The men's season-ending championship ended, fittingly, with No. 1-ranked Rafael Nadal facing No. 2 Roger Federer. It was a rare treat; the last time it happened in the year's final match was 24 years ago, when No. 1 Ivan Lendl defeated No. 2 Boris Becker.
In his 22nd meeting with Nadal, Federer was the better, more aggressive player. But taking the season as a whole, Nadal's three major titles made him the best player on the planet. Where, in the scheme of things, should Federer be ranked in the tennis matrix? How does his year-end victory and Australian Open title compare to, say, Serena Williams' Australian Open and Wimbledon titles ... and very little else?
Understanding that statistics can be every bit as subjective as opinions, we bring you the 2010 Grand Slam winning percentage chart. It's a simple (yet effective) measure of a player's performance in the four majors. It's not definitive evidence that one player is better than another, but it's a bottom-line number worth considering.
Serena may have won two Slams, but she lost in the quarterfinals at Roland Garros and was a no-show at the U.S. Open. Federer, despite a season far below his magnificent standards, reached the quarters at the French Open and Wimbledon and the semifinals at the U.S. Open. Feels like a push, right?
Maybe not. Serena's 18-1 singles record in the Slams (.947) wasn't far behind Rafa's ridiculous .962. Federer's 20-3 mark, while impressive, is clearly a notch below.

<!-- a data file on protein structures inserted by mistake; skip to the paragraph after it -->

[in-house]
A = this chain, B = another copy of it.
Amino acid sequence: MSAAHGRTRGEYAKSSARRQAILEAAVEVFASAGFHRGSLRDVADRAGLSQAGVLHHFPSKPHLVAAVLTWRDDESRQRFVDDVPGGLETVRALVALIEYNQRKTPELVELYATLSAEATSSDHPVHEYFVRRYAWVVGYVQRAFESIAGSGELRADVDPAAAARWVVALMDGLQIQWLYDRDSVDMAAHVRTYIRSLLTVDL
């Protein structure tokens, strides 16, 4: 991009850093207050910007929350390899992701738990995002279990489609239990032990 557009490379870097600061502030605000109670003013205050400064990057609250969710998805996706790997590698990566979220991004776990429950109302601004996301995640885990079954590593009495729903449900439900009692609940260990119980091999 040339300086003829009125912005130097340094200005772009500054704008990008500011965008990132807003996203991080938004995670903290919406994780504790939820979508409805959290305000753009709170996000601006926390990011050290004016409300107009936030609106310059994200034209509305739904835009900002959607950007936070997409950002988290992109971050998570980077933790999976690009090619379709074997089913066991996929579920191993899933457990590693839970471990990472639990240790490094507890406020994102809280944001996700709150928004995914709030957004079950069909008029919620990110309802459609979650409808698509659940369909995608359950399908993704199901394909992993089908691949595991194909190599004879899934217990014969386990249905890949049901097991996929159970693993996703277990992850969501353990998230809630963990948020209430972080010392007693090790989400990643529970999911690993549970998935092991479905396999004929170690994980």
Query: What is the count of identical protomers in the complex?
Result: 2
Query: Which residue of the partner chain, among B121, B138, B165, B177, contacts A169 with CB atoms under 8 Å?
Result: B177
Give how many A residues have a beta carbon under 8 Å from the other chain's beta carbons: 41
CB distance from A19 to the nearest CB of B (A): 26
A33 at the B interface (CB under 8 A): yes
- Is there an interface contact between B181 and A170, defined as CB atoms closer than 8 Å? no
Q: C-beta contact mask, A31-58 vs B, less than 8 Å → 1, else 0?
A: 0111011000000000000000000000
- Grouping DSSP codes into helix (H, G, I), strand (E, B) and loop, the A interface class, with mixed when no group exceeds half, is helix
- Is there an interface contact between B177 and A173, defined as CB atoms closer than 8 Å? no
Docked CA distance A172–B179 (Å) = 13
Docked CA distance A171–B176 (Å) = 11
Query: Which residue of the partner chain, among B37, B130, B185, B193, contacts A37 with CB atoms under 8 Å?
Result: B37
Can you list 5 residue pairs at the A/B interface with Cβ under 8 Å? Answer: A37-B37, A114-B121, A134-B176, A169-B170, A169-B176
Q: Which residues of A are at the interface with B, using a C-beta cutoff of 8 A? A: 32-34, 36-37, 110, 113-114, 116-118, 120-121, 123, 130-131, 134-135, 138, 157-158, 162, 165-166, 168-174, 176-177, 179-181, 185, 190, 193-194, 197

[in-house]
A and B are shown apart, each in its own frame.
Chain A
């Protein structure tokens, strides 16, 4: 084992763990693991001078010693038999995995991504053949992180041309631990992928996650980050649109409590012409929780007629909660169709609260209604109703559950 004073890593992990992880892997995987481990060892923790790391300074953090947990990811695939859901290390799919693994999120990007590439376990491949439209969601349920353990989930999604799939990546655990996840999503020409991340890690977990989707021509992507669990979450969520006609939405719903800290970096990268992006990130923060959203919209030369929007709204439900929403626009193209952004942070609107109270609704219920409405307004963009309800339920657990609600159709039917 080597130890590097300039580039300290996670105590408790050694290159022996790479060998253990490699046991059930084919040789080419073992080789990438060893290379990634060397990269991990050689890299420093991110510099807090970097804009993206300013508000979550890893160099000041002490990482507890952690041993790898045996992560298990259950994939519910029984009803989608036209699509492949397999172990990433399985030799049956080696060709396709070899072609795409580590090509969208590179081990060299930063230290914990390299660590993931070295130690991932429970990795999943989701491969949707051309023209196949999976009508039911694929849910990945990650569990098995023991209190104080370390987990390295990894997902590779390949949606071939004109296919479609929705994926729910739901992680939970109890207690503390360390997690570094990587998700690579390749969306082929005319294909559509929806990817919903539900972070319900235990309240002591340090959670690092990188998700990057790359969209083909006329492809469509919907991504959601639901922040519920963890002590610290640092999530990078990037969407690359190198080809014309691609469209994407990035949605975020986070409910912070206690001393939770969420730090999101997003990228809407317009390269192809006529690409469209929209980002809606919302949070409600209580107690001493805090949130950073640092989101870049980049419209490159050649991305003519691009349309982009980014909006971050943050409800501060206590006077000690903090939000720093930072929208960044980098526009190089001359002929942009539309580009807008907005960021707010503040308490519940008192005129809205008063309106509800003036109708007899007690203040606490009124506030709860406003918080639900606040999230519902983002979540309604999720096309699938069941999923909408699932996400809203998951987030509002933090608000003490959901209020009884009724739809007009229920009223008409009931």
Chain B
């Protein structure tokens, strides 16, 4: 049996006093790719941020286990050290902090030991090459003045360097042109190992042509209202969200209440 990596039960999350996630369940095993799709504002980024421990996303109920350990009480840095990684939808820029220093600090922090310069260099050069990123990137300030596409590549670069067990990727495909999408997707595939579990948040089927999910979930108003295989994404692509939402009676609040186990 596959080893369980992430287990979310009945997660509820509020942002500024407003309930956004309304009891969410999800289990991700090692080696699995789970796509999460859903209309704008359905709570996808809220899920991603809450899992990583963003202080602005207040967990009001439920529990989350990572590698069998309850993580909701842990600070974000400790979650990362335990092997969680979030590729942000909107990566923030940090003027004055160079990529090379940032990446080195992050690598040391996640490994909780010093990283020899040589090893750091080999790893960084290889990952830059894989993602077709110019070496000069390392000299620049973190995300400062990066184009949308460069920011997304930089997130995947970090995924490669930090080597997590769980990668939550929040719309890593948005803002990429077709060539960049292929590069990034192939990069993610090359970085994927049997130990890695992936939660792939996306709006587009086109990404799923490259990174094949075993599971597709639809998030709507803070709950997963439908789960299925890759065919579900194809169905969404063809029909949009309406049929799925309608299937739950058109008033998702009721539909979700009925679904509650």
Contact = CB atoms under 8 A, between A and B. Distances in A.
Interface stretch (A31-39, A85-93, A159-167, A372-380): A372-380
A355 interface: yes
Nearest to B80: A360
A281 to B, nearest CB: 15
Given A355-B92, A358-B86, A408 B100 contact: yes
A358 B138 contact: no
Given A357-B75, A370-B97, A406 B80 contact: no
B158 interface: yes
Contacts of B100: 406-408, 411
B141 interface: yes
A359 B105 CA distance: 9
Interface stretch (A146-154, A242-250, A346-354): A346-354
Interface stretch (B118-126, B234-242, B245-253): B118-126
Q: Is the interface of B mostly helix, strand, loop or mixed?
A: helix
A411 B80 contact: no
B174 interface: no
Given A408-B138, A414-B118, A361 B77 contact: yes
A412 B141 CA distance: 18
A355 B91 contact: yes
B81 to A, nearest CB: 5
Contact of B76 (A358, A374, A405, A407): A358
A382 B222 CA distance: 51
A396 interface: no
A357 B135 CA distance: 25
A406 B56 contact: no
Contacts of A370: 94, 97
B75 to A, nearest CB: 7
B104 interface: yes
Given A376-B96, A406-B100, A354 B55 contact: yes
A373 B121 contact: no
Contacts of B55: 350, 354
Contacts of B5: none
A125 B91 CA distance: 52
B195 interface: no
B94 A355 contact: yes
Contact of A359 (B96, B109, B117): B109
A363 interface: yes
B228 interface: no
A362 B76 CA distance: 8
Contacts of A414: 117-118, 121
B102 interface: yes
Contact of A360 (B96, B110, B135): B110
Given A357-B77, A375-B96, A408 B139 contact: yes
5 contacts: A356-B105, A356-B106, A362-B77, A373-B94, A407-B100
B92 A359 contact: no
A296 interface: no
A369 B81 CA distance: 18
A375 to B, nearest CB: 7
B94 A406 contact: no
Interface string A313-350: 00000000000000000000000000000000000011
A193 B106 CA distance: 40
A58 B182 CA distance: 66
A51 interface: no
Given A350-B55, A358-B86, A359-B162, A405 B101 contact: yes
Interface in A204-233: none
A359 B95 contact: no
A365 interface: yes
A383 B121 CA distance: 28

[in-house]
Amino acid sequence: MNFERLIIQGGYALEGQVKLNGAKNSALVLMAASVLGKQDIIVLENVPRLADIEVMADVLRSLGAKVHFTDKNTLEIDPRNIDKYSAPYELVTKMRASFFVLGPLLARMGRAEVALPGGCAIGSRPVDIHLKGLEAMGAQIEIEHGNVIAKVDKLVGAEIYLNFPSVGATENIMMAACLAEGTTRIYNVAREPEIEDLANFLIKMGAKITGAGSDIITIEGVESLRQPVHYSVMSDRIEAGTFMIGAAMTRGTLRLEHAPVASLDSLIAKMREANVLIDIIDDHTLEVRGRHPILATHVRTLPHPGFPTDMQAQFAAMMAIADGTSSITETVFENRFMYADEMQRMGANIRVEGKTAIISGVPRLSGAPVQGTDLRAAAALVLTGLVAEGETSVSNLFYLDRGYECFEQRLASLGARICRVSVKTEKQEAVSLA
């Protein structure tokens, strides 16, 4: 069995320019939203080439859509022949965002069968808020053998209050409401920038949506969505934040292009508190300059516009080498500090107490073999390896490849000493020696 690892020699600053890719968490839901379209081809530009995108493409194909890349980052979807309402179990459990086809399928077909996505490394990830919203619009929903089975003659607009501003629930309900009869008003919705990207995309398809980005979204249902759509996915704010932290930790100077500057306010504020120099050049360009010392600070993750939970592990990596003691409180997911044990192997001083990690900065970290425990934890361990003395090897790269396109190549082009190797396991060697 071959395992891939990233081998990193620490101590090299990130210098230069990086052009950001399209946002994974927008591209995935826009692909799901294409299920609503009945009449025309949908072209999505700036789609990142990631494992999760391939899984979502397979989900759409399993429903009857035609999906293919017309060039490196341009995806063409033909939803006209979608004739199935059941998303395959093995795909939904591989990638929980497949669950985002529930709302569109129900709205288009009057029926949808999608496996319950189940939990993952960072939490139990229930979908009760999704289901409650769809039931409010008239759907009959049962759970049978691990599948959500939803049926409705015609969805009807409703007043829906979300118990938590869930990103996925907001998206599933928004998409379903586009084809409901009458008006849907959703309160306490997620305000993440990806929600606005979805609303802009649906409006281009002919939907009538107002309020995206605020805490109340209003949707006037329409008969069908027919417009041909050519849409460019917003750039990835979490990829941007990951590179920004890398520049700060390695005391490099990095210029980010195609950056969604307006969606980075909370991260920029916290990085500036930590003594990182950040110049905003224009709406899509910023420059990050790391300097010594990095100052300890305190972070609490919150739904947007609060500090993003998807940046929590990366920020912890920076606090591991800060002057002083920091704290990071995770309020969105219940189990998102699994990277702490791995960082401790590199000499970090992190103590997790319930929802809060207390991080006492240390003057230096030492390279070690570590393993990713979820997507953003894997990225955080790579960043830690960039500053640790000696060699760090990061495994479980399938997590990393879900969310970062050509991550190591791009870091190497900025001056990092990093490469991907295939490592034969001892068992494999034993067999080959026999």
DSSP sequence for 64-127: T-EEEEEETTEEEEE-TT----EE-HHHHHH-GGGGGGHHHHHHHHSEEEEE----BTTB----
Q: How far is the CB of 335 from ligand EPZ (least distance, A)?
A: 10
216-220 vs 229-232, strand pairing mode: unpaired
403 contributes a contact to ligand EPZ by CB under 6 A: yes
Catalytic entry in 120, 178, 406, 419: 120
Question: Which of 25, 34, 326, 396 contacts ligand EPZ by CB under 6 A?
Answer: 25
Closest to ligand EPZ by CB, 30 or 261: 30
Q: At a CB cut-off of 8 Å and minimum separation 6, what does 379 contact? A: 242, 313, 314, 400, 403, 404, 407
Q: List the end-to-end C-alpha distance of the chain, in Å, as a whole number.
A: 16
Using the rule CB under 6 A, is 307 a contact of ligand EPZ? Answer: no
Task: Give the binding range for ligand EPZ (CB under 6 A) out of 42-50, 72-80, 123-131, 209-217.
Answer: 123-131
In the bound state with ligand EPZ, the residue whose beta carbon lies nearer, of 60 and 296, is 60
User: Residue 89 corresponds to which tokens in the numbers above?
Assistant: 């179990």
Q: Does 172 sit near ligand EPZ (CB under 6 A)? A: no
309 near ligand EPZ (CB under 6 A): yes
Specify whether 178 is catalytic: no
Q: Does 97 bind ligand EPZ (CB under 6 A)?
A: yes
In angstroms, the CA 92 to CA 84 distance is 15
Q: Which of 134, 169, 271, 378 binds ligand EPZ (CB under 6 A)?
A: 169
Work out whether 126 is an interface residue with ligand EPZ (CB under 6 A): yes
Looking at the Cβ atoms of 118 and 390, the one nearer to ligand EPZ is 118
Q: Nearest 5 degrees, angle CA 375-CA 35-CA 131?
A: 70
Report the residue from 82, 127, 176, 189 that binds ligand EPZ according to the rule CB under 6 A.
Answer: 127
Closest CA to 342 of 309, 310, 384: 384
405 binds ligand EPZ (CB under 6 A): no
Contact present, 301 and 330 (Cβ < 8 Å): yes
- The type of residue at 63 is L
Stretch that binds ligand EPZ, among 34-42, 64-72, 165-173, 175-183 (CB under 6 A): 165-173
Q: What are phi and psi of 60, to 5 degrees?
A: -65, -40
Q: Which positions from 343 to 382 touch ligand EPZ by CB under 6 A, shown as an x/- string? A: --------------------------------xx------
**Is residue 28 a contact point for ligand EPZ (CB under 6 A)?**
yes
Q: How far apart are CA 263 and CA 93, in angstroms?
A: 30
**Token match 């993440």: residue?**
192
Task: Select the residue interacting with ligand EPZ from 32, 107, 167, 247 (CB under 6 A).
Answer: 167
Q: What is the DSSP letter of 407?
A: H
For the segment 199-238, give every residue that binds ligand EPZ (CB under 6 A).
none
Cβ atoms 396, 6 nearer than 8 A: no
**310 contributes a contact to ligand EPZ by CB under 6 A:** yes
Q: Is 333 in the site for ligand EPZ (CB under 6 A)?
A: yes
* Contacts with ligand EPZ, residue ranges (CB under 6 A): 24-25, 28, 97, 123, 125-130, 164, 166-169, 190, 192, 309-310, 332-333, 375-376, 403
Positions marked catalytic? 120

Here is this year's top 10, a measure of how the best players stacked up against their peers in the crucible of the world's four most important tournaments, based solely on winning percentage in the Grand Slam events:
1. Rafael Nadal, 25-1 (.962): A lights-out, crazy year -- every bit as good as Federer's three-major seasons of 2004, 2006 and 2007. Maybe better. Federer never won three in a row in the same season.
2. Serena Williams, 18-1 (.947): She ran the table in two of the three Slams in which she appeared. One loss. Even though she passed on the U.S. Open (and will miss next year's Australian Open) because of a foot injury, that's pretty impressive.
3. Roger Federer, 20-3 (.870): Even with the end of his all-time record of 23 consecutive semifinals appearances in majors, Federer managed to win 20 Grand Slam matches -- the equivalent of reaching all four semifinals. Only Rafa won more.
4. Kim Clijsters, 13-2 (.867): She missed the French Open because of an injury but finished the second half strong, reaching the quarters at Wimbledon and taking her third U.S. Open in three tries.
5. Novak Djokovic, 19-4 (.826): No Slam titles, but this number is a tribute to Djokovic's consistency. He made at least the quarters of every major and won 19 matches -- more than Serena.
6. Francesca Schiavone, 14-3 (.824): Half of these wins came in Paris -- her all-time best result. She played at Wimbledon but was essentially a no-show, losing in the first round.
7. Andy Murray, 16-4 (.800): Made the final in Australia and the semifinals at Wimbledon. He had a total of only five wins at the French and U.S. Opens.
8. Venus Williams, 16-4 (.800): Equaled Murray's 16 wins, showing best at the U.S., where she made the semifinals -- which underlines how her game has dropped off.
9. Vera Zvonareva, 16-4 (.800): In a dead heat with Murray and Venus. Zvonareva closed brilliantly, making the last two finals, at Wimbledon and the U.S. Open.
Greg Garber is a senior writer for ESPN.com.